Submitted by Tyler Durden
After German blog “All is Smoke and Mirrors” floated an idea of an organized bank run (something attempted previously in the US without much success) in France in response to French austerity protests (which have resulted in no gains), the effort has since expanded to a pan-European organized bank run day on December 7, 2010, and has metastasized to Italy, Germany, the Netherlands, the UK and Greece. We are confident that very soon the rest of Europe, which is currently gripped in a climate of extremely unpopular austerity, will join in this symbolic protest against banking, which unlike the US, may just succeed, considering the European banking system is in total shambles, and in far worse shape than its American counterpart.
Since virtually all actions in 2010 by the global central banking cartel have been geared toward stabilizing the European banking system which continues to wobble on the edge of a complete systemic collapse, perhaps the marginal withdrawal of a few billion in deposits could be just the straw that forces a reset first in Europe, and shortly thereafter in the rest of the globalized developed (and then developing, proving what a joke the whole concept of decoupling is) world. As America has demonstrated so very well, 25 weeks of consistent withdrawals from domestic funds (sorry CNBC, there have not been inflows yet, confirming yet again that fact and propaganda don’t mix yet) have resulted in a quarter in which bank earnings were simply said crushed. Had Americans followed through and withdrawn their deposits from banks it would have been the final straw. Luckily, the lack of organization among the US population gave the US banking system a reprieve. In Europe things are different: banks are not as reliant on trading, however, they are far more reliant on a stable deposit base to sustain the Ponzi. Therefore, even a partially successful withdrawal campaign could have far more dire consequences to the continent’s banking system, and bring the financial system to its proverbial knees.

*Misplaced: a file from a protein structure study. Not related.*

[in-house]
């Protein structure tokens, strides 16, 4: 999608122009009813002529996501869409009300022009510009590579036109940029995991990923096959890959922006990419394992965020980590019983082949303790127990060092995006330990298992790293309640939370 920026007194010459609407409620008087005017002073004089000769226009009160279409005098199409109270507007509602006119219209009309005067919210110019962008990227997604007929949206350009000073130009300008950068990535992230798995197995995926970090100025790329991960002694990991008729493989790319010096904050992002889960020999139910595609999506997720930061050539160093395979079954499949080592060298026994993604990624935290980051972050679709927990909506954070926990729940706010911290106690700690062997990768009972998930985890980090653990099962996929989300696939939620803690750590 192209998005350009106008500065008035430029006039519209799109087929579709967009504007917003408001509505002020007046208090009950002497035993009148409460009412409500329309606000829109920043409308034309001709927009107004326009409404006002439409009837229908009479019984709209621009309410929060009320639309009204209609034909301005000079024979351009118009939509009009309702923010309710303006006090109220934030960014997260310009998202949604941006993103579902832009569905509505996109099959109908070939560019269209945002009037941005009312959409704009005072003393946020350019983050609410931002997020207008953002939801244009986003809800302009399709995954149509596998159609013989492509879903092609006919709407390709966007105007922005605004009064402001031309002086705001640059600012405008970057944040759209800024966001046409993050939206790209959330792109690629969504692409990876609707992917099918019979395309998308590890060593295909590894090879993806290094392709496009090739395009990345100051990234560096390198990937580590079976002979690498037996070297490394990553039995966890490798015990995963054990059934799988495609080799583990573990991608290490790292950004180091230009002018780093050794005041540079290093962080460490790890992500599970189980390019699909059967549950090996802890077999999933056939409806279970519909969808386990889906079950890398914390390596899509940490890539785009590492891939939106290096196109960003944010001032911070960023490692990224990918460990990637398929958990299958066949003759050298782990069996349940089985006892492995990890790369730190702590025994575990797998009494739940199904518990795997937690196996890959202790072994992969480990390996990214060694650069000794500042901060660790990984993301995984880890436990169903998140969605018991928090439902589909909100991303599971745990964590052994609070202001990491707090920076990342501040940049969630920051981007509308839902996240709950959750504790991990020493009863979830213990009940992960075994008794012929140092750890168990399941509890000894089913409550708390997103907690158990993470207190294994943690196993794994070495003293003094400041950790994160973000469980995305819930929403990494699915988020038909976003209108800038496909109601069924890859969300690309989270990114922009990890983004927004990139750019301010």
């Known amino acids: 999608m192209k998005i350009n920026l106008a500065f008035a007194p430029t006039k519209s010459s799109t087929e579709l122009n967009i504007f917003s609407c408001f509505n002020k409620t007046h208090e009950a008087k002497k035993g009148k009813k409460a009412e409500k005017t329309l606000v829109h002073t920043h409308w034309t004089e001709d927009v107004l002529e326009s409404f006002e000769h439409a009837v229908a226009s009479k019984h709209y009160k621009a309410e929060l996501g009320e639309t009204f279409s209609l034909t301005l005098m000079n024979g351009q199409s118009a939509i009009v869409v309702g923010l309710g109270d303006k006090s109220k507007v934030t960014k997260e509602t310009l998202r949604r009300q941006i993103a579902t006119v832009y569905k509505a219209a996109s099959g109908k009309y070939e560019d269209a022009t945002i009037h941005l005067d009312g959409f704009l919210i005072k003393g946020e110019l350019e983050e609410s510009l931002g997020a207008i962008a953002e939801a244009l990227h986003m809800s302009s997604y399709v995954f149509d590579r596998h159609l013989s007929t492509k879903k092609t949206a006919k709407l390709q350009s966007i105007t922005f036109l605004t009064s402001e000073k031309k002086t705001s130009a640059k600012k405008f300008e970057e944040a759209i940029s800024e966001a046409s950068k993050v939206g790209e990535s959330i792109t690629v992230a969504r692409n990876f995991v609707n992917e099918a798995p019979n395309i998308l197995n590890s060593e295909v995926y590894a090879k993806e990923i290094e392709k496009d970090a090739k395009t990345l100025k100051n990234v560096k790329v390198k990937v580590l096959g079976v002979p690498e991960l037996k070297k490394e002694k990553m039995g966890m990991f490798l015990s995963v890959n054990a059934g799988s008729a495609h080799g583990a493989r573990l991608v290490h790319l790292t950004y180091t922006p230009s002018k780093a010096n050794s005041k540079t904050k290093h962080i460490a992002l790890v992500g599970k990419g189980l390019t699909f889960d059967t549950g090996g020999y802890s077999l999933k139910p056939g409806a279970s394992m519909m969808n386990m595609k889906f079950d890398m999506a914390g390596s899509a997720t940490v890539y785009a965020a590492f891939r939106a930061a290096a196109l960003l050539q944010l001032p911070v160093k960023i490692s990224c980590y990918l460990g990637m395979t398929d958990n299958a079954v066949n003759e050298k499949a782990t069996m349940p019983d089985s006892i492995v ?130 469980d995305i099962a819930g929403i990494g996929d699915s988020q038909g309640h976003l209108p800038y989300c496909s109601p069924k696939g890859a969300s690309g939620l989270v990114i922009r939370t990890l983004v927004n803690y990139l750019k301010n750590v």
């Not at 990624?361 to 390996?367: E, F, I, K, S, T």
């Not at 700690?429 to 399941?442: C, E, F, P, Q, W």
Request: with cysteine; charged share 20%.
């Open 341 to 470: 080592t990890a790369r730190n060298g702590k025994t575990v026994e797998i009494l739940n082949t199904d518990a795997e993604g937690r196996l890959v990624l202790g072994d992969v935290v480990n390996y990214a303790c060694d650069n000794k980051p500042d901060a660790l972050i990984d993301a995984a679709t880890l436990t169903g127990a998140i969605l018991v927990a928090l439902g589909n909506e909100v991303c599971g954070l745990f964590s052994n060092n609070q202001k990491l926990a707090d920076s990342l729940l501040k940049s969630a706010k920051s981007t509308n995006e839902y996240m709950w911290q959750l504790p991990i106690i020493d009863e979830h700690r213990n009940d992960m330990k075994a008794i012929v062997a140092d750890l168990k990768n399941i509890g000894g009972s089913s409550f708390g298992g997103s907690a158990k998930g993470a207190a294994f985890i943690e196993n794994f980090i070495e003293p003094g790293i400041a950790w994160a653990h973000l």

And before some accuse the blog’s activism of some vile form of megalomaniacal quackery, we should highlight that the action has already been noted by such reputable newspapers as Suddeutsche Zeitung. Furthermore, in just 24 hours 1,500 readers have pledge their support to the action’s various Facebook support sites, and another 48,000 are on the waitlist. We hope that more alternative media (the mainstream will unlikely support such a radical venture) catches on, and more Europeans realize they have all to gain and little to lose from forcing the balance of power to shift away from the banks, and into the hands of the people.
As for those who wonder why Europe’s banking is much more fragile from a deposit base perspective, we present the graphic below comparing asset bases of American and various European banks: since both Europe and the US have roughly comparable GDPs, one would assume that the two regions’ banking systes would have the same asset bases. That, however, is completely wrong. In fact Europe’s asset base is roughly ten times, if not more, as great, even as it supports an economy the same size as that of the US. Which is also why it is far more unstable as the marginal utility of every deposit dollar goes that much further via the fractional reserve banking model, and supports that many more assets. In other words, every dollar withdrawn in Europe would have roughly the same impact as 10 in the US.Advertisements%d bloggers like this: